LG wanted to get it right with the LG G7 ThinQ and decided not to follow the schedule of others. Still, it has been two months after the MWC ended and its primary competition is already chalking up sales records while the G-flagship wont be available until later this month.
Heres what the G7 has going for it that could potentially make it worth the wait. The 6.1 screen has a rare RGBW configuration, which pushes its max brightness to an impressive 1,000 nits. And keep in mind that this display native supports Dolby Vision/HDR10 and has 100% DCI-P3 coverage. Not many of those around.
The other thing is the wide-angle camera on the back (107), most other makers go for telephoto or B&W secondary cams. Plus, LG has some privacy-friendly AI image recognition.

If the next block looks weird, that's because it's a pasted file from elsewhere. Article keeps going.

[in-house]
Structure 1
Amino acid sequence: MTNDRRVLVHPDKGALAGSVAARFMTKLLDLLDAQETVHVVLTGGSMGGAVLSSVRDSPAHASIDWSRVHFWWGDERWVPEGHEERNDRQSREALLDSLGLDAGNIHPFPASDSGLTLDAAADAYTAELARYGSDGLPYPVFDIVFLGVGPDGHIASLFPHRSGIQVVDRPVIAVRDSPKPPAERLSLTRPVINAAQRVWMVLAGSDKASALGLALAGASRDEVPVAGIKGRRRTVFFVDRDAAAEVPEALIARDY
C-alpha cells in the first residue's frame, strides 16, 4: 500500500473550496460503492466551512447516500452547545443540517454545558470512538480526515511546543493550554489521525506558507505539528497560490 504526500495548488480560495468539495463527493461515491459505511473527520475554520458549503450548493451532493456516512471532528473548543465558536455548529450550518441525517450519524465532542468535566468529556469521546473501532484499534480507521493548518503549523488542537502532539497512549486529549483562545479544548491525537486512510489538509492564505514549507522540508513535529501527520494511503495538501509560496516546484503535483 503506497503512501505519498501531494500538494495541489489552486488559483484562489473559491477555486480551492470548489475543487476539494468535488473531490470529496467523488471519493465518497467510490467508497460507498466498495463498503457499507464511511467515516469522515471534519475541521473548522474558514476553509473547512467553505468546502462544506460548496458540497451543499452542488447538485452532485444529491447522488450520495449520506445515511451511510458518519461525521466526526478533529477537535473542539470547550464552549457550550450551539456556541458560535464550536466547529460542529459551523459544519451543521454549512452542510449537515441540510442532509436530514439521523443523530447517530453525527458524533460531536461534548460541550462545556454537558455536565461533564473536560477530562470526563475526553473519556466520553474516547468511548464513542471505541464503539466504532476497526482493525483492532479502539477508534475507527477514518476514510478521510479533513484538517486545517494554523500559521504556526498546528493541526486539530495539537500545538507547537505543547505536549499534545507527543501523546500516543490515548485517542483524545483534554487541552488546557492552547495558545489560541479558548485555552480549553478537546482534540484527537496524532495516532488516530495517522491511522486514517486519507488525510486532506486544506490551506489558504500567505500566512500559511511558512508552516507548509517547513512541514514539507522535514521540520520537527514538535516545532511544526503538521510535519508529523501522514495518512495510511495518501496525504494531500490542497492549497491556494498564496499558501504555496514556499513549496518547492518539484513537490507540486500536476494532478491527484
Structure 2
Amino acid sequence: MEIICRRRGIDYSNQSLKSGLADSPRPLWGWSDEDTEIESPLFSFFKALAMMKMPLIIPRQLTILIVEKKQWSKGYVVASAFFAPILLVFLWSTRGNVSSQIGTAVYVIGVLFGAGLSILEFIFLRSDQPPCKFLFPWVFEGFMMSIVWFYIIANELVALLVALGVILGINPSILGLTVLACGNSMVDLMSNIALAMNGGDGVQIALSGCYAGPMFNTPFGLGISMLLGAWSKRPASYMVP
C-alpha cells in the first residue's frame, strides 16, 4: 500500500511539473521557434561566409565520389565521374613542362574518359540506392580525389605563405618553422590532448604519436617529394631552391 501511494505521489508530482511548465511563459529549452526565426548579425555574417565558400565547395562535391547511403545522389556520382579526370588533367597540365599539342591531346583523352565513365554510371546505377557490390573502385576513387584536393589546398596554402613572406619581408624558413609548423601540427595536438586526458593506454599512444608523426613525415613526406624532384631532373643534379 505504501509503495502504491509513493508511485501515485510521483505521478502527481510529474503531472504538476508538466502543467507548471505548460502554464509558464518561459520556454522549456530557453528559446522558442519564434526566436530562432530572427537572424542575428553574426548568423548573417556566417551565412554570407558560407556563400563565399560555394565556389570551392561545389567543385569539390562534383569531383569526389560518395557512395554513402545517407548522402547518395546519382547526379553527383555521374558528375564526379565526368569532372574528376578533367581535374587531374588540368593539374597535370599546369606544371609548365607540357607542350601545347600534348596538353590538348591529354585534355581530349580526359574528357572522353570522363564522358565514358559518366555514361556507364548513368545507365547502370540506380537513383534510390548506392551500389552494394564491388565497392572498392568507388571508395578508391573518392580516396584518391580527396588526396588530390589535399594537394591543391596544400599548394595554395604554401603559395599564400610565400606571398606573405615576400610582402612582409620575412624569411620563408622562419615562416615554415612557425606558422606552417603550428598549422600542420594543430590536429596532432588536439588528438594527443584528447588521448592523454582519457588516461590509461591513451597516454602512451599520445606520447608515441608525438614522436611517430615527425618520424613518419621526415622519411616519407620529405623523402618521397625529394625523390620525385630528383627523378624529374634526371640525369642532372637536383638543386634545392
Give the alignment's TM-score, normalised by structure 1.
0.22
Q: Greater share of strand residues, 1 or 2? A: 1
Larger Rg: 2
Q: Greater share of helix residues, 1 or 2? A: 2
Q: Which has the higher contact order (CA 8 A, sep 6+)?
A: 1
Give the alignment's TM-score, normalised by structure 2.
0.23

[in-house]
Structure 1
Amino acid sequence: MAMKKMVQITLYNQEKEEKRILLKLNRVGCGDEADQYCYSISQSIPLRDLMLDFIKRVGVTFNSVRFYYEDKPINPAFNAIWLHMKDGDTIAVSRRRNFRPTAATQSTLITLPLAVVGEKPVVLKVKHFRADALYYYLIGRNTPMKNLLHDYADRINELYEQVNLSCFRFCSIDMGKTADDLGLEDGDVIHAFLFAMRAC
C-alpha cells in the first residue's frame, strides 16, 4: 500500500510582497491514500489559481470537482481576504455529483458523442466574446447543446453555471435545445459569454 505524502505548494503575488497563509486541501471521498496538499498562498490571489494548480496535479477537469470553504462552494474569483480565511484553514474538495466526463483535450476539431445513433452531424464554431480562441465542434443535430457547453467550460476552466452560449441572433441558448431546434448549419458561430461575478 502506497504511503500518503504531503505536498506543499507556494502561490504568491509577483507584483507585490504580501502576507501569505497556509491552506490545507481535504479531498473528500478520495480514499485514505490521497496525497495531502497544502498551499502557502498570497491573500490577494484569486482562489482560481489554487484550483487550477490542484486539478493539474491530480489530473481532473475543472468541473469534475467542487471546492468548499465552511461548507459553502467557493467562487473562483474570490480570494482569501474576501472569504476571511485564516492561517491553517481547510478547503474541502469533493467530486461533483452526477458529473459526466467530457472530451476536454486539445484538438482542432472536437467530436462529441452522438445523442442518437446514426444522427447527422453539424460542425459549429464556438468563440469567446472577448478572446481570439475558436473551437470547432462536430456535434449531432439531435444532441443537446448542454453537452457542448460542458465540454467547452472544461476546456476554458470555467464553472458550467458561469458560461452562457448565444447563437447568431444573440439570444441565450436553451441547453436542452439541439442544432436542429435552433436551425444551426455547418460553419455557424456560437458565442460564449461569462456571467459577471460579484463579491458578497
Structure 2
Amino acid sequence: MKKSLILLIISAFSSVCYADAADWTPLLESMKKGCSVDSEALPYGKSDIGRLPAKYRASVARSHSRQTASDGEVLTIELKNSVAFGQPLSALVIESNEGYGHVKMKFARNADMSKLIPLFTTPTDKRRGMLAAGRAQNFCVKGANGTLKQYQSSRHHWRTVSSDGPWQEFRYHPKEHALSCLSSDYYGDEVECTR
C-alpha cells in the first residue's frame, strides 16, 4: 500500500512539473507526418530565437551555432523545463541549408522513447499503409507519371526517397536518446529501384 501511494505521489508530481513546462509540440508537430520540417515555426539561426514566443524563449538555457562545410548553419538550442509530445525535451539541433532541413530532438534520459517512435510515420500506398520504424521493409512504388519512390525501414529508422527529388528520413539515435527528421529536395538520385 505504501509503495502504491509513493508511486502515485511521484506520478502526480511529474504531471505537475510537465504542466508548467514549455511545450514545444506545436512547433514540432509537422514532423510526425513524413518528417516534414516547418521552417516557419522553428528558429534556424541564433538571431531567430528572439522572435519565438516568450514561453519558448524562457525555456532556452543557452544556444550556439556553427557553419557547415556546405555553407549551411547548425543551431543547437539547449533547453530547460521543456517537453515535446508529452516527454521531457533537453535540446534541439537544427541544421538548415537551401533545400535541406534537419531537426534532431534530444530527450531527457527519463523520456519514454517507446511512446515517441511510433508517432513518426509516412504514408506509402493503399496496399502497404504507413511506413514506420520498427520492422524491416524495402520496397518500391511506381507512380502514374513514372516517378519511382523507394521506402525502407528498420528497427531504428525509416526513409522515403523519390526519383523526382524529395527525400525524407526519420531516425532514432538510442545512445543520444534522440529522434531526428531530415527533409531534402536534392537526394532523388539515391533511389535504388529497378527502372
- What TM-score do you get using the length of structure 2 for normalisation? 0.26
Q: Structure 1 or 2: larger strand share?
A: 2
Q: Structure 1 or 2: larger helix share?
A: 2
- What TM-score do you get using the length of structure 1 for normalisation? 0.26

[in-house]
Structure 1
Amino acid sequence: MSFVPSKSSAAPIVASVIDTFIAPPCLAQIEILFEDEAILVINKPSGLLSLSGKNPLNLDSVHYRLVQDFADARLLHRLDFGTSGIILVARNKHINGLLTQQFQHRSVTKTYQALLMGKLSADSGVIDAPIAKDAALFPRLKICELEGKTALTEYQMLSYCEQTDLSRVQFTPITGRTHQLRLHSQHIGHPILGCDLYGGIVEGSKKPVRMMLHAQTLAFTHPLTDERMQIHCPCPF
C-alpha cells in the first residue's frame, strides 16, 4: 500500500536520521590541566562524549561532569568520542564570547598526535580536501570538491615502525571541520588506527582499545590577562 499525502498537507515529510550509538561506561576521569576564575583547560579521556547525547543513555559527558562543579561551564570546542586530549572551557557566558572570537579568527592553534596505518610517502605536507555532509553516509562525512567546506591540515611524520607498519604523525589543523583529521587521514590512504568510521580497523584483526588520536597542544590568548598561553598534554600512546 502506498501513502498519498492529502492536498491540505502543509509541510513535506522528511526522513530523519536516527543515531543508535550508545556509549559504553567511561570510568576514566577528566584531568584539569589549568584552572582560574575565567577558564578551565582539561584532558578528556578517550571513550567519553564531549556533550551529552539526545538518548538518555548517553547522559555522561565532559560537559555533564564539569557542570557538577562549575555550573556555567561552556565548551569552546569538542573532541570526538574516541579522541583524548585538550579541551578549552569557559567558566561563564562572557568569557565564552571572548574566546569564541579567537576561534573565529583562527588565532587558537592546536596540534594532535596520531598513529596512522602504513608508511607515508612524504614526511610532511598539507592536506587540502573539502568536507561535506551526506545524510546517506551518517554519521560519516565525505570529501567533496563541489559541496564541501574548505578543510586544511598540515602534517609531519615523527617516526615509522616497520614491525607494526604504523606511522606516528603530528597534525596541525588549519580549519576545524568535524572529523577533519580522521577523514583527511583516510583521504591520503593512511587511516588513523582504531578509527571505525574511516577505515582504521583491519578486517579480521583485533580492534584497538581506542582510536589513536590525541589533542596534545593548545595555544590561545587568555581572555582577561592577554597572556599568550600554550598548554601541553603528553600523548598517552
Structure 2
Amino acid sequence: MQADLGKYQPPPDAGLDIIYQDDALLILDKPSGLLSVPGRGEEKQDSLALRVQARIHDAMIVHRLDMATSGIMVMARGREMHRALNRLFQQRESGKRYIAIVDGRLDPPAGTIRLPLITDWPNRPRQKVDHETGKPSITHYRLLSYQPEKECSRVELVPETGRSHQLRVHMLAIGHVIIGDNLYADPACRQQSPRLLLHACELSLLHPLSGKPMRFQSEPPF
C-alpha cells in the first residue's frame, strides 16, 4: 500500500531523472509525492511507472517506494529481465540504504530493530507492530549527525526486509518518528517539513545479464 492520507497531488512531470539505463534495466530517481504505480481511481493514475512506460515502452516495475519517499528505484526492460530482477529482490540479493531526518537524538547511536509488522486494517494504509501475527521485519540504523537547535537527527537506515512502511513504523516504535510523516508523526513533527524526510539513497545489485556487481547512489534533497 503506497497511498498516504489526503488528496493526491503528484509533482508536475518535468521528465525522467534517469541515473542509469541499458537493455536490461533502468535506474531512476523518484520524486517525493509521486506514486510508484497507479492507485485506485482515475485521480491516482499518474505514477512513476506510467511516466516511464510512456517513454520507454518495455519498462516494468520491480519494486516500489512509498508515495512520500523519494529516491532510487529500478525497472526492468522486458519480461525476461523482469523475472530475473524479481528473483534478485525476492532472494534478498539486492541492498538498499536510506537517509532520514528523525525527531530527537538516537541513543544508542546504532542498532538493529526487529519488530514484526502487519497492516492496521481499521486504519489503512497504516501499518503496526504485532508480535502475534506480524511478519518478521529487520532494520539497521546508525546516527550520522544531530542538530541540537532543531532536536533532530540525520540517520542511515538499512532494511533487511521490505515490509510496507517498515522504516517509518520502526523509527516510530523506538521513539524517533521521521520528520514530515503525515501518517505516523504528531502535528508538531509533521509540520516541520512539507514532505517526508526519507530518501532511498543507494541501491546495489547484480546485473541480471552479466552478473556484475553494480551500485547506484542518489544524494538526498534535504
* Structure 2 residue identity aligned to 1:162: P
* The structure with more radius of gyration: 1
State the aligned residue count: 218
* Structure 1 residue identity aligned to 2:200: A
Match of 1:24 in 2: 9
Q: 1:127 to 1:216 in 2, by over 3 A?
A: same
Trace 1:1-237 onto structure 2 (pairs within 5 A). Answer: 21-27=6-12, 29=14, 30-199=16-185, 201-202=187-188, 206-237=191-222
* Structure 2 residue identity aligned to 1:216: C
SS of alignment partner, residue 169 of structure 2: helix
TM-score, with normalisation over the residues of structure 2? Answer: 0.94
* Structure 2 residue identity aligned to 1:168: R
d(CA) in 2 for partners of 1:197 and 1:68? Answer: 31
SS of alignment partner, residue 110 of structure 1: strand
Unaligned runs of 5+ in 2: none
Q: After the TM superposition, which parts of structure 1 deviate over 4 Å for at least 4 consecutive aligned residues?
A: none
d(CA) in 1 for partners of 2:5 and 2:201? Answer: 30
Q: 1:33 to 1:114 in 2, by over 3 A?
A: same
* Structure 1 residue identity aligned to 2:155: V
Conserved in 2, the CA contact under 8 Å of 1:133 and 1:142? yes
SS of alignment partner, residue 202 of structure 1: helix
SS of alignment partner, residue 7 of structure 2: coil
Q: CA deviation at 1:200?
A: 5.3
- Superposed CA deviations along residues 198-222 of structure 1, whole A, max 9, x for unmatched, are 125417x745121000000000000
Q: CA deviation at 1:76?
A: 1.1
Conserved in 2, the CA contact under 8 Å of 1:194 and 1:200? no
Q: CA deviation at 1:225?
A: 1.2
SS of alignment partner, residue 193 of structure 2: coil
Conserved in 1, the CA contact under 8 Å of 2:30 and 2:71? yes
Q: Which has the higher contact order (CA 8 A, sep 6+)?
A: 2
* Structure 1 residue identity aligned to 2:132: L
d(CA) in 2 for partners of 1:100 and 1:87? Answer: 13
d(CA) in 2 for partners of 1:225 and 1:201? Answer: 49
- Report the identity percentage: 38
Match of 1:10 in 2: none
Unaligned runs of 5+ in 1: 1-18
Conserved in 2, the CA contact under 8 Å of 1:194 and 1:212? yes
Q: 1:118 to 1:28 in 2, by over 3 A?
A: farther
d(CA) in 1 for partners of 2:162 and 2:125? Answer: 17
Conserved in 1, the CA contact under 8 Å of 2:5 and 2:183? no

And yes, the LG G7 has a notch. But in a way so did the LG V10, so LG isnt a blind follower like most others who went for a notch. And the company kept the 3.5 mm headphone jack rather than giving in to that particular trend (with the usual Quad DAC goodness plus a DTS-X codec, which can simulate 7.1 surround sound).
Having mentioned AI, we should mention that its pretty clever of LG to stick with Google Assistant. Seeing Bixbys growing pains, were glad that the the ThinQ line will skip over such things. And the far-field mics can hear you clearly from 5 meters away no need to press the dedicated button.
Beyond that we have the usual LG flagship features wireless charging, IP68, MIL-STD-810G, advanced camera software and other perks. The novelty of a Snapdragon 845 chipset hasnt worn off completely and LG did promise an upgrade to Android 9.0 P (once Google is done with its development).
With all that we think that the success of the LG G7 ThinQ against the likes of Galaxy S9+ or Huawei P20 (Pro) will come down to one thing price. LG is keeping it under wraps for now, but early indications point to 850. The S9+ is already down to 750 and the P20 Pro costs about as much too.